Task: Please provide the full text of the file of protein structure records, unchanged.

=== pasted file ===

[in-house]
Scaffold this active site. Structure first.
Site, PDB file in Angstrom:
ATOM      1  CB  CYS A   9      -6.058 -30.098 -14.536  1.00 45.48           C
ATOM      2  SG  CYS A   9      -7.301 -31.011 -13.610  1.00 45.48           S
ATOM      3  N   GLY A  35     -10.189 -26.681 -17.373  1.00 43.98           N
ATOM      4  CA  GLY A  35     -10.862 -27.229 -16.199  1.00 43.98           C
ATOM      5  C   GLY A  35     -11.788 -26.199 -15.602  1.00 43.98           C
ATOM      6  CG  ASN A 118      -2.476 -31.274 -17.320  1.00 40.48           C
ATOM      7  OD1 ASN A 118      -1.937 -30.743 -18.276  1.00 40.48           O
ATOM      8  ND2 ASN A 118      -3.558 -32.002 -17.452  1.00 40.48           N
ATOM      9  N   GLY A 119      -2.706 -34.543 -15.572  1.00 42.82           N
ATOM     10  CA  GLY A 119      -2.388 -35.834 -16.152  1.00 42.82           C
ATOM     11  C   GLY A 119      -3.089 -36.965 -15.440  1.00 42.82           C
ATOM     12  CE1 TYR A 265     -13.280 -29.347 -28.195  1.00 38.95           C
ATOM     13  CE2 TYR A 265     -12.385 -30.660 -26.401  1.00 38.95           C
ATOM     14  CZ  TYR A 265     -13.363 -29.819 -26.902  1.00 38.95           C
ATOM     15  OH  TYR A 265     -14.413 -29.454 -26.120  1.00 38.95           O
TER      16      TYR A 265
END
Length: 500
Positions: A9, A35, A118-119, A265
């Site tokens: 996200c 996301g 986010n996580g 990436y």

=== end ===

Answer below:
[in-house]
Scaffold this active site. Structure first.
Site, PDB file in Angstrom:
ATOM      1  CB  CYS A   9      -6.058 -30.098 -14.536  1.00 45.48           C
ATOM      2  SG  CYS A   9      -7.301 -31.011 -13.610  1.00 45.48           S
ATOM      3  N   GLY A  35     -10.189 -26.681 -17.373  1.00 43.98           N
ATOM      4  CA  GLY A  35     -10.862 -27.229 -16.199  1.00 43.98           C
ATOM      5  C   GLY A  35     -11.788 -26.199 -15.602  1.00 43.98           C
ATOM      6  CG  ASN A 118      -2.476 -31.274 -17.320  1.00 40.48           C
ATOM      7  OD1 ASN A 118      -1.937 -30.743 -18.276  1.00 40.48           O
ATOM      8  ND2 ASN A 118      -3.558 -32.002 -17.452  1.00 40.48           N
ATOM      9  N   GLY A 119      -2.706 -34.543 -15.572  1.00 42.82           N
ATOM     10  CA  GLY A 119      -2.388 -35.834 -16.152  1.00 42.82           C
ATOM     11  C   GLY A 119      -3.089 -36.965 -15.440  1.00 42.82           C
ATOM     12  CE1 TYR A 265     -13.280 -29.347 -28.195  1.00 38.95           C
ATOM     13  CE2 TYR A 265     -12.385 -30.660 -26.401  1.00 38.95           C
ATOM     14  CZ  TYR A 265     -13.363 -29.819 -26.902  1.00 38.95           C
ATOM     15  OH  TYR A 265     -14.413 -29.454 -26.120  1.00 38.95           O
TER      16      TYR A 265
END
Length: 500
Positions: A9, A35, A118-119, A265
């Site tokens: 996200c 996301g 986010n996580g 990436y």